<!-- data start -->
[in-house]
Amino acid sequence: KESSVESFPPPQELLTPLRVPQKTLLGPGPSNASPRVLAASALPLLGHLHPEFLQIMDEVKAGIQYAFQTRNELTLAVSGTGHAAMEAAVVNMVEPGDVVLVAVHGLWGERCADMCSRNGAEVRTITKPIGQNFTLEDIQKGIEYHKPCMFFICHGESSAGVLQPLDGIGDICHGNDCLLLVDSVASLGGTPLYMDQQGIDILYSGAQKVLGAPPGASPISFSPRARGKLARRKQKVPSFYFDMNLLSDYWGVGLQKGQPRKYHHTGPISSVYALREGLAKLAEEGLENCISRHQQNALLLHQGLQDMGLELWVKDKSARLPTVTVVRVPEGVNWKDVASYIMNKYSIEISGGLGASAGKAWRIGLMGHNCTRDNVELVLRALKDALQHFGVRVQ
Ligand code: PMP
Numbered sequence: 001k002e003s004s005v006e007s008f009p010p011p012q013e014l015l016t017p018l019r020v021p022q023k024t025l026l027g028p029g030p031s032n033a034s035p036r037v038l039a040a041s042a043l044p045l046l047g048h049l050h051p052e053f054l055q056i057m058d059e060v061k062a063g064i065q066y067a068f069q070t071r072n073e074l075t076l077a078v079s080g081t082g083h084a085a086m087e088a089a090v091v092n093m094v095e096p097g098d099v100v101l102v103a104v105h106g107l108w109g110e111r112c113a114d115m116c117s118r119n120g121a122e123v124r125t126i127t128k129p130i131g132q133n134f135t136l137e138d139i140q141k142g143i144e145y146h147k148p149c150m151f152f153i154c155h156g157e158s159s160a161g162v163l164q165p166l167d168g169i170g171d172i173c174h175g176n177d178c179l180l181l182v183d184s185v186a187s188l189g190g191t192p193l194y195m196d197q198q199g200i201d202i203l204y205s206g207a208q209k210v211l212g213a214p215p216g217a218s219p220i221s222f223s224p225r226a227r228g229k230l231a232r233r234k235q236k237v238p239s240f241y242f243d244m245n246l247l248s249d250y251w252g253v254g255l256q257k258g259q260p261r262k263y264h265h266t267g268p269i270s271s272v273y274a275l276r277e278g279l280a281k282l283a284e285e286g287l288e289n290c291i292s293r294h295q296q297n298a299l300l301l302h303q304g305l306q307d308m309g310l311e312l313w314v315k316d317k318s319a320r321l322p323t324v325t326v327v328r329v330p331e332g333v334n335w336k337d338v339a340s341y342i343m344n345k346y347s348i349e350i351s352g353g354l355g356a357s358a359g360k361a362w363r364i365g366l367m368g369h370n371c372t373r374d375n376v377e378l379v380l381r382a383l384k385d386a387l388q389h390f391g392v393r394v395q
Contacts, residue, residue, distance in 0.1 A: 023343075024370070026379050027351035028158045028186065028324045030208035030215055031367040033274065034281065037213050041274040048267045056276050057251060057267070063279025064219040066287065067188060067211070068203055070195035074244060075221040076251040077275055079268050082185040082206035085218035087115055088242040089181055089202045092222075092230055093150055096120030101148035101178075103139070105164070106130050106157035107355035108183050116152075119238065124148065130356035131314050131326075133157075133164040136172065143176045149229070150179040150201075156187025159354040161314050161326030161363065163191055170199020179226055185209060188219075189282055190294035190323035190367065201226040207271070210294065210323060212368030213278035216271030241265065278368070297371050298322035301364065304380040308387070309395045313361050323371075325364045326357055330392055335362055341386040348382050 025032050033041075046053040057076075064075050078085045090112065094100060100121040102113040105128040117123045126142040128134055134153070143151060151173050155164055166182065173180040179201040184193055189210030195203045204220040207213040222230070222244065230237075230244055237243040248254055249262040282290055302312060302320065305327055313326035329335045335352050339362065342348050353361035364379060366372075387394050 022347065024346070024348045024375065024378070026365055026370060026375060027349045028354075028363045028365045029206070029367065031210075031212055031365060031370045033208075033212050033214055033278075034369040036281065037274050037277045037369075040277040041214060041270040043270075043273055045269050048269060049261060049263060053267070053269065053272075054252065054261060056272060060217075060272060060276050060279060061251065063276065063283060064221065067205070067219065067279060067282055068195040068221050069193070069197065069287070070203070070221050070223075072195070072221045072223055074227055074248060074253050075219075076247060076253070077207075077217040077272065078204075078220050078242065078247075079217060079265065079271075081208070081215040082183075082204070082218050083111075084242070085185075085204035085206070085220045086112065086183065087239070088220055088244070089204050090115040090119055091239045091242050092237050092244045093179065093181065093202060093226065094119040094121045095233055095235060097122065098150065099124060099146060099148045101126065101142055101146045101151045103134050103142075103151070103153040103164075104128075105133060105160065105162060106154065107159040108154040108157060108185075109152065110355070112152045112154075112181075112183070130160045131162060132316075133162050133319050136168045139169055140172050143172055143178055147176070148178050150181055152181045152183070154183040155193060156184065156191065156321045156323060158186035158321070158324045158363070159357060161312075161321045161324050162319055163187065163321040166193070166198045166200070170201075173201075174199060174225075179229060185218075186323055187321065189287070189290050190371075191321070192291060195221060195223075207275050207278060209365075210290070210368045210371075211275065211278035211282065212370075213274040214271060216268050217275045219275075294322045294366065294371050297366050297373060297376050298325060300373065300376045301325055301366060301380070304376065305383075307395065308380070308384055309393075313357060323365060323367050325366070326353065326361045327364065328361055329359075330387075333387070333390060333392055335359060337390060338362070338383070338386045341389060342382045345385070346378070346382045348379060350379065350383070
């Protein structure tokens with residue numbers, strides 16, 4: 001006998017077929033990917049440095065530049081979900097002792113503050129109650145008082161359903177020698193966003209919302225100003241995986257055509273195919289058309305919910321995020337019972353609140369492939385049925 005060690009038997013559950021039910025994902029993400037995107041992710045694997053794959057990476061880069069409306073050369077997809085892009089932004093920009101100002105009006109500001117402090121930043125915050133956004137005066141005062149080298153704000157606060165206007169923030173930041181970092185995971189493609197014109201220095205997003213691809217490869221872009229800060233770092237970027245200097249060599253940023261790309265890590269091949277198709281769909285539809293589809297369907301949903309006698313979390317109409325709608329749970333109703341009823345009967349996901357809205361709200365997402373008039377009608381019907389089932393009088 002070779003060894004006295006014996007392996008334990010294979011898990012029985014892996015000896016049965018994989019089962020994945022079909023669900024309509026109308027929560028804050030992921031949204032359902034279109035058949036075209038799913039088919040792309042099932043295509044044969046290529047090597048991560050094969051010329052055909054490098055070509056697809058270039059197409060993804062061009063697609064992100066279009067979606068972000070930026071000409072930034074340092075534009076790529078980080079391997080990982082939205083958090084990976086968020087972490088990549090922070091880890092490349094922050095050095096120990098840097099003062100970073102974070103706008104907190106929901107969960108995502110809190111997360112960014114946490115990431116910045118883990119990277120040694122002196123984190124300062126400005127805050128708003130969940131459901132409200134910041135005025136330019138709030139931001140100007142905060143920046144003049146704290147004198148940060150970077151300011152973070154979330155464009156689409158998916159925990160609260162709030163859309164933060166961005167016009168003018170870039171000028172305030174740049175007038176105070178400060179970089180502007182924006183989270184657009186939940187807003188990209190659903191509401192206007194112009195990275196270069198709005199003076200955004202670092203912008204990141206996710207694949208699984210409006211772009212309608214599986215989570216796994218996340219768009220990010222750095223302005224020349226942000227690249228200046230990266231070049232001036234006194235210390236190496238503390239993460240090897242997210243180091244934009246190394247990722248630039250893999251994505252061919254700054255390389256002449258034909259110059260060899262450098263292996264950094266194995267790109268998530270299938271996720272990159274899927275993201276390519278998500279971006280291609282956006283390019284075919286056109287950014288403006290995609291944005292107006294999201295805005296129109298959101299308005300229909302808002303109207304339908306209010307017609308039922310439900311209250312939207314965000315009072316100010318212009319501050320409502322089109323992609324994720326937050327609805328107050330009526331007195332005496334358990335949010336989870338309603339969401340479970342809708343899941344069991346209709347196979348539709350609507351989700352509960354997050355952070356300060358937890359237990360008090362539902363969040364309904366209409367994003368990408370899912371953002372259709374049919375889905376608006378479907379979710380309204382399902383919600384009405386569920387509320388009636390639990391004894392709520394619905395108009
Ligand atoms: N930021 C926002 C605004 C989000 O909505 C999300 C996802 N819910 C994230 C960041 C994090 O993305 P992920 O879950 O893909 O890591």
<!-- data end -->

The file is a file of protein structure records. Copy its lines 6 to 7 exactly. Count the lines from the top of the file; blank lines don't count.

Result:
């Protein structure tokens with residue numbers, strides 16, 4: 001006998017077929033990917049440095065530049081979900097002792113503050129109650145008082161359903177020698193966003209919302225100003241995986257055509273195919289058309305919910321995020337019972353609140369492939385049925 005060690009038997013559950021039910025994902029993400037995107041992710045694997053794959057990476061880069069409306073050369077997809085892009089932004093920009101100002105009006109500001117402090121930043125915050133956004137005066141005062149080298153704000157606060165206007169923030173930041181970092185995971189493609197014109201220095205997003213691809217490869221872009229800060233770092237970027245200097249060599253940023261790309265890590269091949277198709281769909285539809293589809297369907301949903309006698313979390317109409325709608329749970333109703341009823345009967349996901357809205361709200365997402373008039377009608381019907389089932393009088 002070779003060894004006295006014996007392996008334990010294979011898990012029985014892996015000896016049965018994989019089962020994945022079909023669900024309509026109308027929560028804050030992921031949204032359902034279109035058949036075209038799913039088919040792309042099932043295509044044969046290529047090597048991560050094969051010329052055909054490098055070509056697809058270039059197409060993804062061009063697609064992100066279009067979606068972000070930026071000409072930034074340092075534009076790529078980080079391997080990982082939205083958090084990976086968020087972490088990549090922070091880890092490349094922050095050095096120990098840097099003062100970073102974070103706008104907190106929901107969960108995502110809190111997360112960014114946490115990431116910045118883990119990277120040694122002196123984190124300062126400005127805050128708003130969940131459901132409200134910041135005025136330019138709030139931001140100007142905060143920046144003049146704290147004198148940060150970077151300011152973070154979330155464009156689409158998916159925990160609260162709030163859309164933060166961005167016009168003018170870039171000028172305030174740049175007038176105070178400060179970089180502007182924006183989270184657009186939940187807003188990209190659903191509401192206007194112009195990275196270069198709005199003076200955004202670092203912008204990141206996710207694949208699984210409006211772009212309608214599986215989570216796994218996340219768009220990010222750095223302005224020349226942000227690249228200046230990266231070049232001036234006194235210390236190496238503390239993460240090897242997210243180091244934009246190394247990722248630039250893999251994505252061919254700054255390389256002449258034909259110059260060899262450098263292996264950094266194995267790109268998530270299938271996720272990159274899927275993201276390519278998500279971006280291609282956006283390019284075919286056109287950014288403006290995609291944005292107006294999201295805005296129109298959101299308005300229909302808002303109207304339908306209010307017609308039922310439900311209250312939207314965000315009072316100010318212009319501050320409502322089109323992609324994720326937050327609805328107050330009526331007195332005496334358990335949010336989870338309603339969401340479970342809708343899941344069991346209709347196979348539709350609507351989700352509960354997050355952070356300060358937890359237990360008090362539902363969040364309904366209409367994003368990408370899912371953002372259709374049919375889905376608006378479907379979710380309204382399902383919600384009405386569920387509320388009636390639990391004894392709520394619905395108009
Ligand atoms: N930021 C926002 C605004 C989000 O909505 C999300 C996802 N819910 C994230 C960041 C994090 O993305 P992920 O879950 O893909 O890591």